Michael Bloomberg Will Donate His Eponymous Company to a Philanthropic Trust

After the transfer, revenue generated by the company will finance Bloomberg Philanthropies.

Older white man with grey hair dressed in suit and tie.
Michael Bloomberg at Brooklyn’s Christian Cultural Center in 2019. Yana Paskova/Getty Images

Michael Bloomberg, billionaire founder of media, finance and data company Bloomberg, plans to leave his business empire to charity.

The move follows the recent announcement that proceeds from apparel company Patagonia, founded by Yvon Chouinard, will be given to charitable causes, marking a rising trend in corporate executives pledging their fortunes to philanthropy instead of passing them to heirs.

Bloomberg is set to eventually transfer ownership of his company to a trust, overseen by friends and family, that will subsequently finance his foundation Bloomberg Philanthropies.

“He has committed to giving the company away to Bloomberg Philanthropies when he dies, if not sooner,” said company spokesman Ty Trippet in a statement to the Financial Times.

Bloomberg’s company, which recorded $12.2 billion of revenue in 2022, makes the majority of its profits from the Bloomberg Terminal, a data and analytics system used by financial institutions, while its media sector brings in about $500 million annually, according to the Financial Times.

Bloomberg, 81, co-founded his eponymous company in 1981 after working at Salomon Brothers for 15 years. He currently has a net worth of $94.5 billion, according to Forbes, and was the mayor of New York City from 2002 to 2013.

A prominent philanthropist, Bloomberg topped the Chronicle of Philanthropy’s Top 50 ranking of donors in 2019 with $3.3 billion in donations. He gave $1.8 billion to his alma mater John Hopkins University in 2018 and has contributed more than $3 billion in total to the school.

Bloomberg also signed the Giving Pledge in 2010, pledging the majority of his wealth to philanthropy, and has made $14.4 billion worth of donations over his lifetime. Bloomberg Philanthropies, meanwhile, reported $1.7 billion in contributions in 2022.

How Bloomberg and Patagonia’s donations differ

Bloomberg’s plan to donate his company follows a similar decision made by Patagonia founder Chouinard, who in August transferred the majority of his company to Holdfast Collective, a nonprofit which donates $100 million annually to combat climate change.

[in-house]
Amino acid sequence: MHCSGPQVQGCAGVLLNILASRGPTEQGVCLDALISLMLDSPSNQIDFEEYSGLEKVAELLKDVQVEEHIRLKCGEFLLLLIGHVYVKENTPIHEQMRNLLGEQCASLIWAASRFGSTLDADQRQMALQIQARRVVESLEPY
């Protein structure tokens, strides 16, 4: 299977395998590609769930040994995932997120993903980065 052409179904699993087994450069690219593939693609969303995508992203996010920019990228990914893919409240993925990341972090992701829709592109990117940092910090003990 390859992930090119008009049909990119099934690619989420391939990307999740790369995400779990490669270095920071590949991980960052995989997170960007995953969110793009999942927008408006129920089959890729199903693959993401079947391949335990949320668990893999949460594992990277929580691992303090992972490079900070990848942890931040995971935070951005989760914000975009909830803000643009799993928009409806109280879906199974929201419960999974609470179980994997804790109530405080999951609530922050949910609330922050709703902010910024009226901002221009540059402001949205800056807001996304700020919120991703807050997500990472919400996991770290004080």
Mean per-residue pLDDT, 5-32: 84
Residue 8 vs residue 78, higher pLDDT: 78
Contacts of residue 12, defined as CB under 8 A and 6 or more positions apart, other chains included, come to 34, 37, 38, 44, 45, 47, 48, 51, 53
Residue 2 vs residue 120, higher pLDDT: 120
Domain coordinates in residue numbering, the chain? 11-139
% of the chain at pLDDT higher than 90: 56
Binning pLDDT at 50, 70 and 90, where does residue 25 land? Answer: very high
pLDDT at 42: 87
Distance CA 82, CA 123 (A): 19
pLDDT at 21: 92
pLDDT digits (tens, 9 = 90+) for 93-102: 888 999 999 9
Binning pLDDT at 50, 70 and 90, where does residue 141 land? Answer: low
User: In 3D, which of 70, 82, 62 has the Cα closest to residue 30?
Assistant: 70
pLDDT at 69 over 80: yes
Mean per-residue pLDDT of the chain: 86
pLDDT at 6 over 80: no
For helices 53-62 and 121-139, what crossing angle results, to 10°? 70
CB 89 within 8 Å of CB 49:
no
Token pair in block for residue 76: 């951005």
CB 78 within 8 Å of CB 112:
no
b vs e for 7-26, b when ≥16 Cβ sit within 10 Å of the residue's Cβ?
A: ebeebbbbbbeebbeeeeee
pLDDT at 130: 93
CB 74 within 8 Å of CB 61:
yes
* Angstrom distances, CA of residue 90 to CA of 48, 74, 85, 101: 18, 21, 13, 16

And in 2021, Barre Seid, former chief executive of electronics manufacturer Tripp Lite, donated 100 percent of his company’s shares to Marble Freedom Trust, a non-profit controlled by conservative legal activist Leonard Leo.

Bloomberg’s donation, however, is significantly different from those of Chouinard and Seid, according to Leslie Lenkowsky, a professor of philanthropic studies at Indiana University.

Bloomberg Philanthropies is a private foundation with 501(c)(3) status, said Lenkowsky, “whereas what Patagonia did was donate most of the money from the company to what is called a public welfare foundation.”

The Holdfast Collective and Marble Freedom Trust are both classified as 501(c)(4), meaning they are social welfare organizations and thus exempt from limitations on political funding and endorsements given to a 501(c)(3), he said.

Bloomberg’s donation is still likely to raise some skepticism due to its size, according to Patricia Illingworth, a philosophy professor at Northeastern University specializing in philanthropy.

“That’s going to give him a good say over the social agenda,” she said. “Many people think that kind of philanthropy undermines democracy.”

However, the fact that corporations are beginning to donate more to charity is still a positive trajectory, said Illingworth, who recently authored Giving Now, a book focused on the social backlash of philanthropy. “This is a reason to be optimistic.”

Both Patagonia and Bloomberg also established an interest in charity and ethical standards before their founders announced their respective donations, she said, citing Bloomberg’s philanthropy and signing of the Giving Pledge and Patagonia’s status as a B Corporation, granted to companies who meet social and environmental performance statuses.

“They both have been pretty consistent in this respect,” said Illingworth. “There’s been a trend towards having businesses be more ethical.”


Michael Bloomberg Will Donate His Eponymous Company to a Philanthropic Trust